Coliform traced to gov’t pipe
BORACAY ISLAND, Aklan — Environment Secretary Roy Cimatu on Saturday continued to check for violations of environmental laws in this resort island, only to find that one of the biggest violators was the government itself.
As authorities went on with the task of enforcing President Rodrigo Duterte’s order to clean up the world-famous island which he had likened to a cesspool, a government-built sewerage system turned out to be violating a 30-meter easement rule and helping pollute the island’s waters.
The discovery surprised Cimatu in the wake of private structures within the 30-meter easement being demolished.
“This is very disturbing,” Cimatu said. “This is our main beach,” he added.
“I’m very worried because this is closer to the shoreline than the buildings,” Cimatu told reporters after inspecting the sewerage pipe.
The sewerage pipe stretches parallel to the beach for at least 4 kilometers from Angol Road in the village of Manoc-Manoc at the southern end of the island to Station 1 in the village of Balabag at the northern end.
The sewerage pipe, installed by the Philippine Tourism Authority (PTA), has at least 70 manholes along the beach. The PTA — now Tourism Infrastructure and Enterprise Zone Authority (Tieza) — is an agency of the Department of Tourism.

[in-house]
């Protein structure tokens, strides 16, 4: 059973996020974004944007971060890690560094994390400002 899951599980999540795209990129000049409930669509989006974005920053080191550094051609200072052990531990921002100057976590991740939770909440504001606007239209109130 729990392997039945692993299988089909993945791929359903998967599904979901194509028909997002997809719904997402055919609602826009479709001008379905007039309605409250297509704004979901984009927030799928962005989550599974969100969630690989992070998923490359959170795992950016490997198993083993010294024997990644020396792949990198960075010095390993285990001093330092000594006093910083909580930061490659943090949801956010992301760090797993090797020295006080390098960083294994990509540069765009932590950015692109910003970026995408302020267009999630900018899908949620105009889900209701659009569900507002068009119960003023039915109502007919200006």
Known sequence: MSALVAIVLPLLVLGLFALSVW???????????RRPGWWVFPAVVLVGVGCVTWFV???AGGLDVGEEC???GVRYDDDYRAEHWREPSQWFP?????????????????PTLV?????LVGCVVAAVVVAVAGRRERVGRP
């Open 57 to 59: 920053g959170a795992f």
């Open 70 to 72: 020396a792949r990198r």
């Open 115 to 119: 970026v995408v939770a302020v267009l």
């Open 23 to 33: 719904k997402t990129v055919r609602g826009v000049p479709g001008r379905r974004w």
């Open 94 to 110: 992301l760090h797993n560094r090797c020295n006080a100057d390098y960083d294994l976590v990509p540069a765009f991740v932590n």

Cimatu said overflows from the drainage pipe through the manhole contaminated the waters and contributed to the proliferation of algal bloom.
Algae equals feces
While many residents argue that algal bloom is a natural phenomenon that occurs even before tourists began flocking to the island, scientists have said that excessive algal bloom was an indication of water pollution.
A test made on a part of the septic tank connected to the Tieza sewerage pipe, which was buried in the sand, showed coliform level reaching 74,000 most probable number (MPN) per 100 milliliters, which was way above the safe level of 100 MPN per 100 ml for waters for swimming and 200 MPN per 100 ml for waters used for boating.
The coliform bacterial level at a manhole in the Tieza pipe inspected by Cimatu registered 10,000 MPN per 100 ml.
Cimatu said he would recommend the condemnation of the Tieza sewerage pipeline or its transfer to a location farther from the beach.
He said he would recommend that sewerage lines should be at least 50 meters from the beach in all tourist destinations.
Cimatu said he would meet with officials of Tieza and the Boracay Island Water Company Inc. (BIWC) on Monday to discuss these plans.
BIWC operates the sewerage system on the island. On April 2, 2009, it set up a 25-year joint venture agreement between Ayala subsidiary, Manila Water, and the Tieza, which was then PTA.
Cimatu said he would try to get rid of or transfer the sewerage pipeline “in five months.”
“It’s fortunate that we discovered this before the reopening [of the island to tourism],” Cimatu said.
“We still have time,” he said. The President had approved the closure of Boracay to tourists for six months, starting on April 26.
On Saturday, Cimatu also signed an agreement with business groups for the strict enforcement of a municipal ordinance requiring lodging places with at least 50 rooms or more to install their own sewerage treatment plants.
Establishments with fewer than 50 rooms should also have treatment facilities or share treatment facilities.
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